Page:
Concern: Supply chain, social implications

Proper prepping 101

These preppers are worried about filling their refrigerators and freezers to prepare for gaps in fresh produce and foodstuffs. They also want to avoid people panic buying at the shops, who they fear will become aggressive and confrontational when they see empty shelves. Since nearly a third of all the UK's food comes from Europe—much of it fruits and vegetables—the fresh produce supply chain depends significantly on the free and rapid movement of products from farms on the continent to plates in the UK. A no-deal exit will mean border delays and tariffs.

Squash is a concentrated syrup used to make juice.

In the forums, pasta and toilet roll were brought up the most often.

  • Tea bags
  • Toilet roll toilet paper
  • Rice
  • Cereal
  • Pasta
  • Tinned beans canned beans
  • Tinned soup
  • Tinned rice pudding
  • Tinned chopped tomatoes
  • Tinned sweetcorn
  • Tinned peaches
  • Coffee
  • Lentils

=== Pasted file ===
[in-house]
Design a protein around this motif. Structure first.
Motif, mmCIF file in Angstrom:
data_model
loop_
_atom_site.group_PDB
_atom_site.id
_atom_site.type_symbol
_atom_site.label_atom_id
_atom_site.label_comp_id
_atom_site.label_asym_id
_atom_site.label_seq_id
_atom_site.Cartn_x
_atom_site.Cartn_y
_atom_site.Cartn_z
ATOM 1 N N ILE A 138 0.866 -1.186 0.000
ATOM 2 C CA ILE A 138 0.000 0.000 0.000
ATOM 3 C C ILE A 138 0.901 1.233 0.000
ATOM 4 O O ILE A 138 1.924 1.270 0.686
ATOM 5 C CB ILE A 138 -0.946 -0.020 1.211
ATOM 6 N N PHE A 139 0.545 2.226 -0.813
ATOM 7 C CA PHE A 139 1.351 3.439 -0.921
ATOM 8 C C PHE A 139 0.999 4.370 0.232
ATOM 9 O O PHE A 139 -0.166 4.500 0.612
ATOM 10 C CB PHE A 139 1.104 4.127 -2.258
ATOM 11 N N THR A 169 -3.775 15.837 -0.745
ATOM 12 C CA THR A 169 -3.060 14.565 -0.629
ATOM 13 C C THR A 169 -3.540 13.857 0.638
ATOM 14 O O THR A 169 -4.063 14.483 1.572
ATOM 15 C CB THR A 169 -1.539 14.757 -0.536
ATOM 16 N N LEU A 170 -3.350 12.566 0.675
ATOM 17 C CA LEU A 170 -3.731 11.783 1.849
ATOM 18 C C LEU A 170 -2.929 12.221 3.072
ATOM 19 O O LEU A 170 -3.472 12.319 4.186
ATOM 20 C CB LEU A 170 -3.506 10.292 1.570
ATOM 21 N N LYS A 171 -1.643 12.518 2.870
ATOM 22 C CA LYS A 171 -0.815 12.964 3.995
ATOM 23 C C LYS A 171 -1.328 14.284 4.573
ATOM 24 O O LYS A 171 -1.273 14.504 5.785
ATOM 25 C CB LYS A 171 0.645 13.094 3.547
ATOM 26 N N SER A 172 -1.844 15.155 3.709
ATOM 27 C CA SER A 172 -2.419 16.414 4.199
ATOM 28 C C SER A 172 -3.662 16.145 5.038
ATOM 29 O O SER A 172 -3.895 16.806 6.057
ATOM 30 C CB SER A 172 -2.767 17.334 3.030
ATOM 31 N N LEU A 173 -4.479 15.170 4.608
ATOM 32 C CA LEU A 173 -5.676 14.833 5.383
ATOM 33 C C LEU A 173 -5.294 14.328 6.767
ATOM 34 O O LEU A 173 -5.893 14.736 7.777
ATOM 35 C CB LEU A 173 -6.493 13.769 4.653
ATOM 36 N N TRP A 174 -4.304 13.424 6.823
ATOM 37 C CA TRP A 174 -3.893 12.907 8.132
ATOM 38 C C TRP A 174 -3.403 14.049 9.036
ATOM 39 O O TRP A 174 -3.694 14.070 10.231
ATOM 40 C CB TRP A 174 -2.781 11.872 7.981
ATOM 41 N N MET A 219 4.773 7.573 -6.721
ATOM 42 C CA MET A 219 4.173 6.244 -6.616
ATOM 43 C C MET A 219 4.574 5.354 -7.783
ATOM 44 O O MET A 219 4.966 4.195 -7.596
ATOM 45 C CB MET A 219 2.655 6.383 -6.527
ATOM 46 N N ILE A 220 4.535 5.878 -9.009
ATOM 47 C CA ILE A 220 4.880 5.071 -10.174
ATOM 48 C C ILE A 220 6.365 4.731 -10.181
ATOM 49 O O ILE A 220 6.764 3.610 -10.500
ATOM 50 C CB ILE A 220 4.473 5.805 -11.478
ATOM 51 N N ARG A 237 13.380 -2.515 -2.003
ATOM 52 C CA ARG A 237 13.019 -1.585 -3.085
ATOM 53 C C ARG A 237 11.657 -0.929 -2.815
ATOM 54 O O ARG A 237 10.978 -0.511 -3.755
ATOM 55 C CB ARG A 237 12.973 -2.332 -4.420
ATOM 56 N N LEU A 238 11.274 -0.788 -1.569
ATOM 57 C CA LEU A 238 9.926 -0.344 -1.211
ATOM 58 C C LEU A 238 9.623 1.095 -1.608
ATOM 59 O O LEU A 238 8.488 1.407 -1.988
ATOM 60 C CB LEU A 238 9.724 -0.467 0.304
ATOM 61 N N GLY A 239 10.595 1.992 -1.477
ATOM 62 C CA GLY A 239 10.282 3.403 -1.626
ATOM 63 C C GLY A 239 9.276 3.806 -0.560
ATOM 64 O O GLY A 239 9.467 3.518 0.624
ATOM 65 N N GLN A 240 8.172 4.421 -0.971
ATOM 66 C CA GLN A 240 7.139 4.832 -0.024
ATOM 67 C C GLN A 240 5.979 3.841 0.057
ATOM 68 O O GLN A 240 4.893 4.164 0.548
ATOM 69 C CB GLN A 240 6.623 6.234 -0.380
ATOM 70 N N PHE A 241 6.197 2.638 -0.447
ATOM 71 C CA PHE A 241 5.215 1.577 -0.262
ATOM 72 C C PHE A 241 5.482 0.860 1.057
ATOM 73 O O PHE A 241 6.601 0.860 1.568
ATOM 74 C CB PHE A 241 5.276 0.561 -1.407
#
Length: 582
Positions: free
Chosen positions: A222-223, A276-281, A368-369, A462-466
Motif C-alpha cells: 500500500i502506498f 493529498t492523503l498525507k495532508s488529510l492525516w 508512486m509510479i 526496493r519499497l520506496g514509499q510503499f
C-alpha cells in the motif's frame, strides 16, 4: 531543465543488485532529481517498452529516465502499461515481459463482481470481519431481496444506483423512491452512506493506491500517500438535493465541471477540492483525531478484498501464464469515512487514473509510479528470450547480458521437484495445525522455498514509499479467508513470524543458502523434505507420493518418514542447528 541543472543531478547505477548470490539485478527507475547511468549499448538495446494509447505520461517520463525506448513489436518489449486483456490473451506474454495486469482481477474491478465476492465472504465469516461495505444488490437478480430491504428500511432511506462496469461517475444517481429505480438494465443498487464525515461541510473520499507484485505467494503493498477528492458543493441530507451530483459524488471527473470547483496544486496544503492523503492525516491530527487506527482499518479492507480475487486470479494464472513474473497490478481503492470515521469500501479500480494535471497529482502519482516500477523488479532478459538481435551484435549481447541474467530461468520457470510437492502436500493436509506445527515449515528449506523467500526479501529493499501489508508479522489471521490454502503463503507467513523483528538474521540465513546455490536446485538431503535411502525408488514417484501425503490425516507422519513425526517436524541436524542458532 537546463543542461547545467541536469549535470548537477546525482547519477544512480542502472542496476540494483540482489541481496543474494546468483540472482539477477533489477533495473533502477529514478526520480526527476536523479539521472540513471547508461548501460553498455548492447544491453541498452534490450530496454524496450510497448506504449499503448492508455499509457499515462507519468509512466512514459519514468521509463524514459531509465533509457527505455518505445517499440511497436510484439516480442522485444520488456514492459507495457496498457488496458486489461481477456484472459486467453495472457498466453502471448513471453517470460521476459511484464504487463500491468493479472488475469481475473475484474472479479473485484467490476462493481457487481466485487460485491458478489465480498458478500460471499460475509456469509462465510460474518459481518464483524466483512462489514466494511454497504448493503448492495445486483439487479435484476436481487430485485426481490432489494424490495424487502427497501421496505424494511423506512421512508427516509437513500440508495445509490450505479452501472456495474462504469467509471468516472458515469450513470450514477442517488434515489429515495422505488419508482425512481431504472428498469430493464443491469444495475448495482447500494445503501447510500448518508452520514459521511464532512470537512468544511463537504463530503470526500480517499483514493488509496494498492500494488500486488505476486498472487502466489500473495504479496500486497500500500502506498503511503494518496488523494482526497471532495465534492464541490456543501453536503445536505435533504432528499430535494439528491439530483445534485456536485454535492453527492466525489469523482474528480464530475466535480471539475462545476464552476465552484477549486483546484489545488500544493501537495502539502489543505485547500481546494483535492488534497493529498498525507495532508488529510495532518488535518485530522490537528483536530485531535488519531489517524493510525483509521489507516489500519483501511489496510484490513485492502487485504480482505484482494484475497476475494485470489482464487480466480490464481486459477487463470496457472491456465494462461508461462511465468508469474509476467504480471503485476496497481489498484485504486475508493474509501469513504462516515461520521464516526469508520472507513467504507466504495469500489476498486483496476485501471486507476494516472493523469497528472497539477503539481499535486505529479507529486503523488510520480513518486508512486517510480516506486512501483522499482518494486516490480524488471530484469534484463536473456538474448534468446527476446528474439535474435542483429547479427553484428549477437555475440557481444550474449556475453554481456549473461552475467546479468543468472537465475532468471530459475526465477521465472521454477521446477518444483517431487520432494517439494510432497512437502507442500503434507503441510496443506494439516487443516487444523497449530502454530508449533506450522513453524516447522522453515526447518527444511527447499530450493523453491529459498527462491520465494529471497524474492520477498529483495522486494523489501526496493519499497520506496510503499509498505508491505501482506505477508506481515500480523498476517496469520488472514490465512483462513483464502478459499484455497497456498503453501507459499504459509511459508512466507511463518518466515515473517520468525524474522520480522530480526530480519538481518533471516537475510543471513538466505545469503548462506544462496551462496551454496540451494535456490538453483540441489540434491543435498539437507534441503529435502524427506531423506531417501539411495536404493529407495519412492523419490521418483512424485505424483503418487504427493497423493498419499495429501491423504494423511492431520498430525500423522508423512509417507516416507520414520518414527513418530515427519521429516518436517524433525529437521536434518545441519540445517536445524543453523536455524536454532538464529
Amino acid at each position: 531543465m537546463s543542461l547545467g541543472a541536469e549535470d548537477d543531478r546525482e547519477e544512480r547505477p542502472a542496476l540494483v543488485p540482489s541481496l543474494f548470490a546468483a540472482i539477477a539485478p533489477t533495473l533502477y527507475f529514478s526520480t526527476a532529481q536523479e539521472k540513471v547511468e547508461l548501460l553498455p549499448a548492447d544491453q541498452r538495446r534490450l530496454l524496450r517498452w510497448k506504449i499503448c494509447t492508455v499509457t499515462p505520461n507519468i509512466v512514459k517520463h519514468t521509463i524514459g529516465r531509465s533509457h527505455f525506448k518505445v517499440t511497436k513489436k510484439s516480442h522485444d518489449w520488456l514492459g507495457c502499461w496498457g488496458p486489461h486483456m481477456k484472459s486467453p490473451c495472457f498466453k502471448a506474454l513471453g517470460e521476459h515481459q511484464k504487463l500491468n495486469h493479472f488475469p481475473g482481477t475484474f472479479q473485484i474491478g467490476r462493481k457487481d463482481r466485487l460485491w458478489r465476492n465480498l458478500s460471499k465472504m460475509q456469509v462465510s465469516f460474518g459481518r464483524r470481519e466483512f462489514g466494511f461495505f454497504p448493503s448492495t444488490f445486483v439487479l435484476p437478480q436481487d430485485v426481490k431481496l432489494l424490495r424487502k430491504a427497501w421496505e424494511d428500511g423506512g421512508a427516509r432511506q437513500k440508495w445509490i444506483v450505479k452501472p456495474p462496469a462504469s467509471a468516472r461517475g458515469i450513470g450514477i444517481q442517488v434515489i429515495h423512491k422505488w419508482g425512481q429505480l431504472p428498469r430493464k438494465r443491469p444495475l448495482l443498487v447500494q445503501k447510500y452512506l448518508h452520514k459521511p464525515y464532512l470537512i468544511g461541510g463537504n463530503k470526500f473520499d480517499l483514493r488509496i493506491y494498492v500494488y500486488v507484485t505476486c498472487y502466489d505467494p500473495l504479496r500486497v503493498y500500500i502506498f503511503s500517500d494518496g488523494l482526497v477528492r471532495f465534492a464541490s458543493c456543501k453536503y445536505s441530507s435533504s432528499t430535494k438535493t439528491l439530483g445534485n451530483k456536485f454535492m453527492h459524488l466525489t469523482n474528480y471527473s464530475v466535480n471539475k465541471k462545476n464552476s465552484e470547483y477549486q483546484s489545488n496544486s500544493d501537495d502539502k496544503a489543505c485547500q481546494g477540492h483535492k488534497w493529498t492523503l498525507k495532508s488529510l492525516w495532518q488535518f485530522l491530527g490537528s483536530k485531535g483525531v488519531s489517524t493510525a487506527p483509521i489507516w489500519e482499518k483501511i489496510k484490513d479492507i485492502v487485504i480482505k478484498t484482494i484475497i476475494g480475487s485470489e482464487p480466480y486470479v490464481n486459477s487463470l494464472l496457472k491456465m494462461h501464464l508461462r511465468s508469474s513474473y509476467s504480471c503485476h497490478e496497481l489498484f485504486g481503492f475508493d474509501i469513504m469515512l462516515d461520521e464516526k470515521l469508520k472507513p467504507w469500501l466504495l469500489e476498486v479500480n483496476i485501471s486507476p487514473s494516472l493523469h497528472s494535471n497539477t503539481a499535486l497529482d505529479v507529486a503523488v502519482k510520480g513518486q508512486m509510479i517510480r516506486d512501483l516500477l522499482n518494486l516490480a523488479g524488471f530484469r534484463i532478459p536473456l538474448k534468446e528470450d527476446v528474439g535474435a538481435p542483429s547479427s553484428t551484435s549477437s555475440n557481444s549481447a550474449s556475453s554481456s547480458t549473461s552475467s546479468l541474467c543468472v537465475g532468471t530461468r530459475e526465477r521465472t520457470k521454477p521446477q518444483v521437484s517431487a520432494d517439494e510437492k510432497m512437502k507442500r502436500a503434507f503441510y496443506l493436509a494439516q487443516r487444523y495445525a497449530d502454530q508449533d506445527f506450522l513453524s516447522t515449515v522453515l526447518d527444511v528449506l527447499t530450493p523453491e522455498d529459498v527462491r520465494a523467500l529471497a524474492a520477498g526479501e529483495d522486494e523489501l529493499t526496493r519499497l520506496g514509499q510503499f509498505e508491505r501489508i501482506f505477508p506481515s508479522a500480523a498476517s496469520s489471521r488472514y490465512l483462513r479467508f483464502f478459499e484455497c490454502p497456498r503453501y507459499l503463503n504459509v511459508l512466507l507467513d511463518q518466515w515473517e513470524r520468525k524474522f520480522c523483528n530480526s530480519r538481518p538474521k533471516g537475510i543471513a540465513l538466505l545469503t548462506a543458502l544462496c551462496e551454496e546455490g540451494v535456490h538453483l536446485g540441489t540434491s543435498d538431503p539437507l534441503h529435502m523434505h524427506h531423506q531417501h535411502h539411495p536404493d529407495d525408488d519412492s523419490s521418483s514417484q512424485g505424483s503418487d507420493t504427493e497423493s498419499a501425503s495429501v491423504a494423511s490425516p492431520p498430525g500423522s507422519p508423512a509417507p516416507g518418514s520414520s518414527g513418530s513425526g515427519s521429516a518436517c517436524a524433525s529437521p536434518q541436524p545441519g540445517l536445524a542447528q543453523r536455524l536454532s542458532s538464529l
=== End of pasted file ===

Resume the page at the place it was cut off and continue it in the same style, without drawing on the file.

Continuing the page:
• Sugar
  • Bread flour
  • Dried yeast
  • Instant bread mix
  • Tinned tuna
  • Tinned mushy peas
  • Jars of hot dogs
  • Pasta sauce
  • Porridge
  • Squash
  • Long-life milk
  • Dishwasher liquid

Tim Benton, an expert in food systems from the University of Leeds, told the BBC that food-supply disruptions are “almost inevitable,” while the director general of the Confederation of Paper Industries has stated that a toilet-roll shortage is not an impossibility. At the end of January, chief executives from Britain’s largest food chains wrote to Parliament (pdf) urging a solution to prevent a no-deal scenario. “While we have been working closely with our suppliers on contingency plans it is not possible to mitigate all the risks to our supply chains and we fear significant disruption in the short term as a result if there is no Brexit deal,” they wrote. The fact is: Fresh produce is most likely to face shortages, and it cannot be stockpiled.

Concern: Supply chain

Pharmaceutical fears